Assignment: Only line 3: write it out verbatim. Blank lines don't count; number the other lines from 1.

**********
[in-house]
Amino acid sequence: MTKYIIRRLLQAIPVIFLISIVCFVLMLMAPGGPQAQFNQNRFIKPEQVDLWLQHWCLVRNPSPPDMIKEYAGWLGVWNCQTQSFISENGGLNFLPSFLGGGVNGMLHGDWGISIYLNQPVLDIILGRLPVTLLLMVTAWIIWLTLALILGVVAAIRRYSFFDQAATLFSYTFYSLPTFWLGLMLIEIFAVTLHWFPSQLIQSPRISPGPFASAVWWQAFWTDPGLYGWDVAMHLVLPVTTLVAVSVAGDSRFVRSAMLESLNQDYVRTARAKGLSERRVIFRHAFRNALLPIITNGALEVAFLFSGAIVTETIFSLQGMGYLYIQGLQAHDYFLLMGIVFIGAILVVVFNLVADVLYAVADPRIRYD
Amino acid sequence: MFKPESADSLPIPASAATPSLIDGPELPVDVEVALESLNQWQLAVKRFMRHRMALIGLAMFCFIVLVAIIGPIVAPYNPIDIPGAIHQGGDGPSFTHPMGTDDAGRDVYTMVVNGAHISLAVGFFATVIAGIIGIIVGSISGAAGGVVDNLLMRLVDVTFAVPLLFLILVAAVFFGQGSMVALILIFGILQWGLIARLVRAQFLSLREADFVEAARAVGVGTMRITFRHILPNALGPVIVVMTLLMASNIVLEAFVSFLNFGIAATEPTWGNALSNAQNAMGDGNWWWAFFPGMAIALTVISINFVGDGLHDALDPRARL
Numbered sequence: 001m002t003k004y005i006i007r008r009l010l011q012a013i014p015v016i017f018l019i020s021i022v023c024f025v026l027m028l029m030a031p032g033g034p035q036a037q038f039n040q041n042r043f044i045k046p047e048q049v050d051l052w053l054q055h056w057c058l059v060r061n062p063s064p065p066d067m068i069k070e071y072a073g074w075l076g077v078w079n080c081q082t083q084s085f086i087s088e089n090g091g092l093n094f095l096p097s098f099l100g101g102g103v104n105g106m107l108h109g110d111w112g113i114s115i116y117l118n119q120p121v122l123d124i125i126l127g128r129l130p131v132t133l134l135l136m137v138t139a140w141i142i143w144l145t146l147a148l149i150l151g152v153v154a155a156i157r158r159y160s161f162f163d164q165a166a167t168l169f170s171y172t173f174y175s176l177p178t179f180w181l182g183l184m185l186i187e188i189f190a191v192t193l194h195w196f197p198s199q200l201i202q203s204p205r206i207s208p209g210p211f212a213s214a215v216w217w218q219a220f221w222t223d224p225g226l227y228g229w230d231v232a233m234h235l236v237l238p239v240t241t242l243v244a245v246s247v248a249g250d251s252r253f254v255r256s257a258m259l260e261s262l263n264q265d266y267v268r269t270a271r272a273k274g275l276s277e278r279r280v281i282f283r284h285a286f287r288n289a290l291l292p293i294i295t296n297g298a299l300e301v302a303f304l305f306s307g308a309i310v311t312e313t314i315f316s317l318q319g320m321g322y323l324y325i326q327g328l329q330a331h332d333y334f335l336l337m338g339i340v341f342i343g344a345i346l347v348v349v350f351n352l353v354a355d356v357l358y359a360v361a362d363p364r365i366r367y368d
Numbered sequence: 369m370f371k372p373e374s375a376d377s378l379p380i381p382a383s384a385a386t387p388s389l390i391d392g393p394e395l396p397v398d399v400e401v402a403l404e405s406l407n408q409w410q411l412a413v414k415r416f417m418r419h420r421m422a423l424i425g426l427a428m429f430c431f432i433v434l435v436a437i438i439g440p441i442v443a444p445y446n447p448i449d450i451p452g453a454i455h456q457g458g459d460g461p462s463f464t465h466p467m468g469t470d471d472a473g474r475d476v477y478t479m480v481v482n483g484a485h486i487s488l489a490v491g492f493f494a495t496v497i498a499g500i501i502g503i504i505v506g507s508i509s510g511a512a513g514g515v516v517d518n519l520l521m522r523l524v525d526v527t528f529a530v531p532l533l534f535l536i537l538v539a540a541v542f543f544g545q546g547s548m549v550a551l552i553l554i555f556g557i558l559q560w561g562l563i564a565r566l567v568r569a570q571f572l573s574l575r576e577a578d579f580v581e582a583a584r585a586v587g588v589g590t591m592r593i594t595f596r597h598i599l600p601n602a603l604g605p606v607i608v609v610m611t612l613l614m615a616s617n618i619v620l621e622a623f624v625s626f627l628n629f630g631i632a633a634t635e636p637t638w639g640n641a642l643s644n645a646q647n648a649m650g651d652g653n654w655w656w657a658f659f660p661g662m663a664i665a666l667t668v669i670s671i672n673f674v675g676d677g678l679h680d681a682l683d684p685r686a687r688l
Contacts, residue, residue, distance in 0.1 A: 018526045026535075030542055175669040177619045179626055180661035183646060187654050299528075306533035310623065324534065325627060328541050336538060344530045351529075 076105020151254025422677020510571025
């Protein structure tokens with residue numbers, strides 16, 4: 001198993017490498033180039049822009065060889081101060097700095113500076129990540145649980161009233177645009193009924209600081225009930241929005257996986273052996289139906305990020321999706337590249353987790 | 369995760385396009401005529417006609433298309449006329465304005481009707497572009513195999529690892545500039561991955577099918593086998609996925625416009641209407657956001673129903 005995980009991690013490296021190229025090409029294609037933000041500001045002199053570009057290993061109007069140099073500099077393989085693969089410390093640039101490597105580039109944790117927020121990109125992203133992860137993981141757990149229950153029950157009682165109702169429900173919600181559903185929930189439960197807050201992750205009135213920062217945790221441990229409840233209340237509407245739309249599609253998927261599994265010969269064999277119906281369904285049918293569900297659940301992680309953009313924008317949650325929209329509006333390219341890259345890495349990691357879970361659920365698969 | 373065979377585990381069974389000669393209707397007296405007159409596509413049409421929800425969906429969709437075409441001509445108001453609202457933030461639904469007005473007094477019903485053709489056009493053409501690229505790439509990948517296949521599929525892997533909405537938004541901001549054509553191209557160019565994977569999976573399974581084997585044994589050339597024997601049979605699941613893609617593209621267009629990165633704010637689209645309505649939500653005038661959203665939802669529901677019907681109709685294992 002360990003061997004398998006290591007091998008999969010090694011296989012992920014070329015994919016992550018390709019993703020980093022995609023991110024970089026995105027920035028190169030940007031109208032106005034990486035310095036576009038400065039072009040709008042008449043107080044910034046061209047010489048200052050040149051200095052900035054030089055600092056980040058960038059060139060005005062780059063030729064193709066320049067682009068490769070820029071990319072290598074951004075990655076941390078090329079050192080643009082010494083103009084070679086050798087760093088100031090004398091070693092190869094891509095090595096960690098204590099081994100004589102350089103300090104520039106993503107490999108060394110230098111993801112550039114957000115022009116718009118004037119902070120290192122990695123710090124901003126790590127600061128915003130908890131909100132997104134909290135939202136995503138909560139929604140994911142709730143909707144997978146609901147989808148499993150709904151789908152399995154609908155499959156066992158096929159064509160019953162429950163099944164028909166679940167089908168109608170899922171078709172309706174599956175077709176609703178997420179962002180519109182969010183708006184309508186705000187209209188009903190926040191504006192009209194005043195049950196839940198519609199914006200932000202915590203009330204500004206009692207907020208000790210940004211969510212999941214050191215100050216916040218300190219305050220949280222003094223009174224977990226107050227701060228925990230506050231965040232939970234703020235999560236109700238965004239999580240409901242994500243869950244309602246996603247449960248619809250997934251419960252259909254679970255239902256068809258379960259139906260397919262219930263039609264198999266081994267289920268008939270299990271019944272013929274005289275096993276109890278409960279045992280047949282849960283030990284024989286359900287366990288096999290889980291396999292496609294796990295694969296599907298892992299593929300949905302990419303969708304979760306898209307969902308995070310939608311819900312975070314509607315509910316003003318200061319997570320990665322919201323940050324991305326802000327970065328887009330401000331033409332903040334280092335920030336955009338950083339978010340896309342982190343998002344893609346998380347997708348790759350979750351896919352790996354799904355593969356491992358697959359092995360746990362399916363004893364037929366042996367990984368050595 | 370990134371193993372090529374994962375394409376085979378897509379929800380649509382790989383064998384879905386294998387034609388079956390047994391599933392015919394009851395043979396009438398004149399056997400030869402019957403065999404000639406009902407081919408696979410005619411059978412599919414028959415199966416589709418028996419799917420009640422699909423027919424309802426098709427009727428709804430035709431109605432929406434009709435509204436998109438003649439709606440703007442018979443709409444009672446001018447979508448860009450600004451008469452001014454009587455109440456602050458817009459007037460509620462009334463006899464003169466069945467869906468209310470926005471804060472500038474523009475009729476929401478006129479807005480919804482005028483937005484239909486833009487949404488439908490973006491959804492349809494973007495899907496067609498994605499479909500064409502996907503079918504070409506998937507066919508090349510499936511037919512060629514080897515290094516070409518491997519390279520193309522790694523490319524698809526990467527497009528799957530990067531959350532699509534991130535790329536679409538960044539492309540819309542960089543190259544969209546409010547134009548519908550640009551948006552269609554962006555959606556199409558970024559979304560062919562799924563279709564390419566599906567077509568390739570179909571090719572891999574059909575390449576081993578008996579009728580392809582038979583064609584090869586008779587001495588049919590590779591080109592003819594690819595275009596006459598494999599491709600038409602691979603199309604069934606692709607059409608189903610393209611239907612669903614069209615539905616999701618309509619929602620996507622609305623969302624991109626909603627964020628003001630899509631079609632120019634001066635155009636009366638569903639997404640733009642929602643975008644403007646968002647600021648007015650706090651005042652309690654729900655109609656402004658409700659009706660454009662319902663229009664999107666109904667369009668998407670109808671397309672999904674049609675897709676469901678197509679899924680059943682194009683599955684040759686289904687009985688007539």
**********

Amino acid sequence: MFKPESADSLPIPASAATPSLIDGPELPVDVEVALESLNQWQLAVKRFMRHRMALIGLAMFCFIVLVAIIGPIVAPYNPIDIPGAIHQGGDGPSFTHPMGTDDAGRDVYTMVVNGAHISLAVGFFATVIAGIIGIIVGSISGAAGGVVDNLLMRLVDVTFAVPLLFLILVAAVFFGQGSMVALILIFGILQWGLIARLVRAQFLSLREADFVEAARAVGVGTMRITFRHILPNALGPVIVVMTLLMASNIVLEAFVSFLNFGIAATEPTWGNALSNAQNAMGDGNWWWAFFPGMAIALTVISINFVGDGLHDALDPRARL